Cancer & Disease Research Sponsored by Beckman Coulter
Scientists develop a first-of-its-kind in vitro 3D neural tissue model
Researchers from the University of Illinois at Urbana-Champaign have successfully used stem cells to engineer nerve tissues as 3D models of neural networks to study brain function. The work was published in the December 3 edition of the Proceedings of the National Academy of Sciences.  Discuss
Scientists identify chaperones as potential therapies for Parkinson's disease
Researchers from the University of Basel have identified the malfunctional relationship and master regulatory mechanisms between chaperone proteins and α-Synuclein occurring in Parkinson's disease. The findings were published in Nature on December 4.  Discuss
Scientists build artificial neurons to cure chronic disease
Scientists from the University of Bath have achieved a first-of-its-kind artificial neuron on a silicon chip that behaves like a real biological neuron. The technology, published on December 3 in Nature Communications, is intended to cure chronic diseases, such as heart failure or Alzheimer's disease.  Discuss
New genetic risk factor discovered for Alzheimer's disease
A new genetic risk factor for late-onset Alzheimer's disease (LOAD) has been identified by researchers from the University of Kentucky. The results of the study were published in the Journal of Neuropathology & Experimental Neurology on November 21.  Discuss
New molecular drivers of Parkinson's disease identified
A group of researchers at the Icahn School of Medicine at Mount Sinai have discovered new molecular drivers of Parkinson's disease (PD) and subsequently determined how they impact the function of genes involved in the disease. This was accomplished using a complex statistical technique called multiscale gene network analysis (MGNA). The results were published in Nature Communications on November 20.  Discuss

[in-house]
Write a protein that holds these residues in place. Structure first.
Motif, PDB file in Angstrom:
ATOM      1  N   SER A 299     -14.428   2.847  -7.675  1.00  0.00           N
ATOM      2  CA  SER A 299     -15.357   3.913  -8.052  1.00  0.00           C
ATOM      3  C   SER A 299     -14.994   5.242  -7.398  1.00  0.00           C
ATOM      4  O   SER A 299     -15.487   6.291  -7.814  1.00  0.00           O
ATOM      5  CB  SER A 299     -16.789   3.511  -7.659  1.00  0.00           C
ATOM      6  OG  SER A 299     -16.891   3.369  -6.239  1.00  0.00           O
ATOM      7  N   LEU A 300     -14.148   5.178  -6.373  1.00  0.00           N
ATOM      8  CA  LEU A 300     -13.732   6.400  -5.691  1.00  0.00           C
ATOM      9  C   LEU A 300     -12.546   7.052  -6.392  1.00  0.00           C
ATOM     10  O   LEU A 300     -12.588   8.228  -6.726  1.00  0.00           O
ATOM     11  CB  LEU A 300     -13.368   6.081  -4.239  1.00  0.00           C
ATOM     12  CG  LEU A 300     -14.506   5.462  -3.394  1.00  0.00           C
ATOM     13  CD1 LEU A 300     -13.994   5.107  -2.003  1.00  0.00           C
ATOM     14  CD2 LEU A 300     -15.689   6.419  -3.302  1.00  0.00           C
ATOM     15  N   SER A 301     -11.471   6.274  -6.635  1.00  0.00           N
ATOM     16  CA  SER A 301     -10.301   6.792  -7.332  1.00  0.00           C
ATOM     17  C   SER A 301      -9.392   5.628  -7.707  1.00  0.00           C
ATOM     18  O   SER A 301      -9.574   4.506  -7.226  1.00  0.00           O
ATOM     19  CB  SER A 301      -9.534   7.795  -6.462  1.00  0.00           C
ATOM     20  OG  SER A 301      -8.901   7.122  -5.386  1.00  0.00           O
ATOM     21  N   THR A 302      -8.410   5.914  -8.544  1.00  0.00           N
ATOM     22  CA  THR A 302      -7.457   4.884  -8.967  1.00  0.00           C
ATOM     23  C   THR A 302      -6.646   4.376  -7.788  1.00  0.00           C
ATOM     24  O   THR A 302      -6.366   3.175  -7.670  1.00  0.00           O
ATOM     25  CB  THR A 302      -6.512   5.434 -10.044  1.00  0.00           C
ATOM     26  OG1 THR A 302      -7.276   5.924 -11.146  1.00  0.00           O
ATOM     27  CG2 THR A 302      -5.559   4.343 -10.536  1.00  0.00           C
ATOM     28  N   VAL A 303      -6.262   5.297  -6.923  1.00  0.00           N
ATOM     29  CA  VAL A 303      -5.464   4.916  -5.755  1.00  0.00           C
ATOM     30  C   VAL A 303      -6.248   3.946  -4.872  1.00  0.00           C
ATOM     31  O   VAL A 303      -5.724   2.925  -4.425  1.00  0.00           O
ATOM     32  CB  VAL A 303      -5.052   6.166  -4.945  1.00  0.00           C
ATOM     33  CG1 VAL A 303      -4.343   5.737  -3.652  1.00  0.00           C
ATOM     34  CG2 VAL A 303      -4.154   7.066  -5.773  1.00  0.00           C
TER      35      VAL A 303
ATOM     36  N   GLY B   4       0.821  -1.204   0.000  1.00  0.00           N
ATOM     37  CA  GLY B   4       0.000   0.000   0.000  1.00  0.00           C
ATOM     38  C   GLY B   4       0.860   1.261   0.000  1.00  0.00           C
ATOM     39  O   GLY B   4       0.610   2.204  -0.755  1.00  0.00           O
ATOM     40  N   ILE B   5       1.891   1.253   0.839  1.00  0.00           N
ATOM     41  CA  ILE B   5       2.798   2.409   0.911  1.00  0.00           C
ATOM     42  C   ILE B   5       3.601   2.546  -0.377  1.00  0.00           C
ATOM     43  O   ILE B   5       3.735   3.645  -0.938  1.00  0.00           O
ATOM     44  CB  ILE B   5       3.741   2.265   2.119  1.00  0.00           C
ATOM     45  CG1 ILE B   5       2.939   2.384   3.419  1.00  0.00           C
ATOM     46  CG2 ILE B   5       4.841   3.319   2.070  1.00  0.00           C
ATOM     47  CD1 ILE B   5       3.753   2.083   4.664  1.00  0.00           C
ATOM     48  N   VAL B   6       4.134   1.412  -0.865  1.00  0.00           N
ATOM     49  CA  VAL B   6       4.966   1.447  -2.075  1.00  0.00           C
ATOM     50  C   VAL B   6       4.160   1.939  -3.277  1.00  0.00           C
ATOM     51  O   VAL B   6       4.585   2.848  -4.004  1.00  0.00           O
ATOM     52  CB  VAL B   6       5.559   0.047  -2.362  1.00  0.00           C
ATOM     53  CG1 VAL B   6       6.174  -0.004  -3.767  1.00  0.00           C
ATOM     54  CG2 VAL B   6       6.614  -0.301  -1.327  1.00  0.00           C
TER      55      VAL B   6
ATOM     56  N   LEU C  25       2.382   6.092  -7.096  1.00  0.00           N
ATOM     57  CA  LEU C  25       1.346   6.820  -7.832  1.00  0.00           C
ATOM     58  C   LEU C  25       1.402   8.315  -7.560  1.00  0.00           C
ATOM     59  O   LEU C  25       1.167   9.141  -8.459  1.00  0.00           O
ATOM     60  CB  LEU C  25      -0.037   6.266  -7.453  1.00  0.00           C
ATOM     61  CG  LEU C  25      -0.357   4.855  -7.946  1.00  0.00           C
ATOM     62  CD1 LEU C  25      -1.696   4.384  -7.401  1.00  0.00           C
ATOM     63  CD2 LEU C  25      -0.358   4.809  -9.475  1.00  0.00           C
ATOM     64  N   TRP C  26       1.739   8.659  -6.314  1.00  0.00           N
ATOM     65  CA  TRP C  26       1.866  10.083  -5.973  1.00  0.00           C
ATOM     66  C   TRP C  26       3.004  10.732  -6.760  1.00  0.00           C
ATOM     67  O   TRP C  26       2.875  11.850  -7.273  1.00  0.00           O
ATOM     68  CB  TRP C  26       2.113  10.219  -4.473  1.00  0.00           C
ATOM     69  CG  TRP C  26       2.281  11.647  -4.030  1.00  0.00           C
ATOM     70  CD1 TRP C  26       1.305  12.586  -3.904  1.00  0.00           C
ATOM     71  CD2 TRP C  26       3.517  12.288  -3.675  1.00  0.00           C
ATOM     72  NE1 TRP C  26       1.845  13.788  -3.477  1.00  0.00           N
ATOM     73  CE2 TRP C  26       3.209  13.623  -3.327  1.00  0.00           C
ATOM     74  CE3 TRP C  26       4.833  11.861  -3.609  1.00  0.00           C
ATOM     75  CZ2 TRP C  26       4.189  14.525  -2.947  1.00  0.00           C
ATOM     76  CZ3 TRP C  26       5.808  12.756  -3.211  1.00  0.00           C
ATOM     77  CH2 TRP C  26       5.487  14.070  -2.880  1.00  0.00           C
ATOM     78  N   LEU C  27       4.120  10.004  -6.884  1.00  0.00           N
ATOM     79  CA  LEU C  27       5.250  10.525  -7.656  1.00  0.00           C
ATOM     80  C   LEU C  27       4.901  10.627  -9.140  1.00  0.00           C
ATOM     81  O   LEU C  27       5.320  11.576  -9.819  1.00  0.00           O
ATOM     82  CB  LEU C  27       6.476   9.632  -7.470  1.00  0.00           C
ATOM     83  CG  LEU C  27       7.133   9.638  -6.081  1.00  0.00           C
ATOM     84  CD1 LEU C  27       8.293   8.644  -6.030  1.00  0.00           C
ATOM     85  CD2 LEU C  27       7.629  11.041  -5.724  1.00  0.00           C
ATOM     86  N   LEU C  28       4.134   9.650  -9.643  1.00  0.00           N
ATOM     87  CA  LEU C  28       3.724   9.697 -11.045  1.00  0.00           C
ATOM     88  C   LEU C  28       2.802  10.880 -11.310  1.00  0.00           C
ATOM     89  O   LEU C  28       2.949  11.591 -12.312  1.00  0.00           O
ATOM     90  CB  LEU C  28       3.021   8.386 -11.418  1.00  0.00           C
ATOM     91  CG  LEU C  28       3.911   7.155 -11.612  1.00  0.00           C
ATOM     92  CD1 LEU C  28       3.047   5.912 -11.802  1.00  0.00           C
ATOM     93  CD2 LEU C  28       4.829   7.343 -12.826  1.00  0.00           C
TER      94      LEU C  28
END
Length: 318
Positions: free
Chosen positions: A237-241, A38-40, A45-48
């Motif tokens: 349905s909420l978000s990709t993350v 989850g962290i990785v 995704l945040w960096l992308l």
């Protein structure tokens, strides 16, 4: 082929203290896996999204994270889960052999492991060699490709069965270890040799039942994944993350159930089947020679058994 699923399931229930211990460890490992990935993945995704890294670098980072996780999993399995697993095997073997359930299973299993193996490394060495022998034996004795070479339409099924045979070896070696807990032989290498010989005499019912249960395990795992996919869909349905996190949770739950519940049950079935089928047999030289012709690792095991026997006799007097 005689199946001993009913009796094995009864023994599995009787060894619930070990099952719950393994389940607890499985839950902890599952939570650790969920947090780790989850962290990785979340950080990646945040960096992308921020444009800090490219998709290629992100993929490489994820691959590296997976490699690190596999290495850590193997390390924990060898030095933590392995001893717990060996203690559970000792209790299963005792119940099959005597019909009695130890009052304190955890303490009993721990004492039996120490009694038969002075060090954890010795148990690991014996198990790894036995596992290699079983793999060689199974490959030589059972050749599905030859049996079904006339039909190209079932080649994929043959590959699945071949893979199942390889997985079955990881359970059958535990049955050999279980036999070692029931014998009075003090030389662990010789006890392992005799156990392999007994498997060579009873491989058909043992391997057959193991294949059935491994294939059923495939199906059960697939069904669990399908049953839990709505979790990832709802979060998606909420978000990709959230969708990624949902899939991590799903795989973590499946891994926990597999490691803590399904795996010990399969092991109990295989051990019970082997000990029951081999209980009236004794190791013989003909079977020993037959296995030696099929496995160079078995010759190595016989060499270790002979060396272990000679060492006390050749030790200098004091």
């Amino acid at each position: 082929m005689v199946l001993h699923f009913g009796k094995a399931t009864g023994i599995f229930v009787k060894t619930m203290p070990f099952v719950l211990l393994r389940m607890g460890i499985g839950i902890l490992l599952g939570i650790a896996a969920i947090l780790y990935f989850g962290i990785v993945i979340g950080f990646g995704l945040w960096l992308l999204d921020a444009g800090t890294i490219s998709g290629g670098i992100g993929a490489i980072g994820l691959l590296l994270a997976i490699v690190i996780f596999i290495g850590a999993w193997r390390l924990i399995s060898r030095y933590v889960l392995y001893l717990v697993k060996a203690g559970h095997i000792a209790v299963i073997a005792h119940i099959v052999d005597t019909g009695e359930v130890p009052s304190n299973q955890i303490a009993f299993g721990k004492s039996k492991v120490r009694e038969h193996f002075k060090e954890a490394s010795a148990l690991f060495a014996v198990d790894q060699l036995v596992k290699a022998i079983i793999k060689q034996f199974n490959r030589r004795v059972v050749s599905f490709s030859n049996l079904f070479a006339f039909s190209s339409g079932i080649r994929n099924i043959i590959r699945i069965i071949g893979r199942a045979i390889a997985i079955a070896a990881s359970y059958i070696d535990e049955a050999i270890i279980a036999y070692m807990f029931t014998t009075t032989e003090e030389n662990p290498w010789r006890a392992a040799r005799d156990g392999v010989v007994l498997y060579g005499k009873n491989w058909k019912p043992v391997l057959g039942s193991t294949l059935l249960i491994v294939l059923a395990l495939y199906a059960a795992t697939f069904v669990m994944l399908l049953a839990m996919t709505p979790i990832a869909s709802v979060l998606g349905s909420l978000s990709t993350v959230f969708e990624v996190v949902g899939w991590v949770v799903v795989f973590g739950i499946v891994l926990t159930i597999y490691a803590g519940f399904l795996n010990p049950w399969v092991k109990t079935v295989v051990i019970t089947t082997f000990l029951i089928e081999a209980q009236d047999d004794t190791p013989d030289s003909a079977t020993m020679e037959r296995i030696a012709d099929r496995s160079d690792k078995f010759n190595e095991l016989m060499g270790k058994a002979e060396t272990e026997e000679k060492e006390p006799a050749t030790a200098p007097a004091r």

Novel mitochondrial phenomenon helps explains early neurodegeneration
Northwestern University Feinberg School of Medicine scientists discovered a novel pathway that leads to neurodegeneration in amyotrophic lateral sclerosis (ALS). The study was published in Frontiers in Cellular Neuroscience on November 7. The pathway could explain the development of early stages of neurodegeneration which affects voluntary muscle movement such as walking and talking.  Discuss
Night gardeners: Microglia involved in brain plasticity during sleep
Research from the University of Rochester Medical Center (URMC) suggests that specific immune cells called microglia – which play a crucial role in reorganizing connections between nerve cells, fighting infection, and repairing damage – are primarily active during sleep. The research, conducted on mouse models, was published in Nature Neuroscience on October 21.  Discuss
Study shows that Huntington's disease can be slowed by modifying brain cells
A new study led by researchers at UCLA published in Science Translational Medicine on October 16 found that Huntington's disease (HD) damages astrocytes at the early stages of the disease, contributing to neuropsychiatric symptoms.  Discuss
Dementia-associated atrophy predicted by brain networks
A new study uses brain maps to predict how brain atrophy spreads in patients with frontotemporal dementia (FTD). The experiment, conducted by UC San Francisco scientists, adds to a growing body of data suggesting that brain cell loss associated with dementia spreads via synaptic connections between established brain networks.  Discuss
New bio-imaging techniques help scientists understand the early stages of Parkinson's disease
Scientists observed, for the first time ever, how variants of Parkinson's disease-associated protein alpha-synuclein change over time and identify the initial stages of protein aggregates. A new study published in Nature Communications on October 10 helps to clarify the why treatment challenges associated with Parkinson's disease (PD), when does it begin.  Discuss
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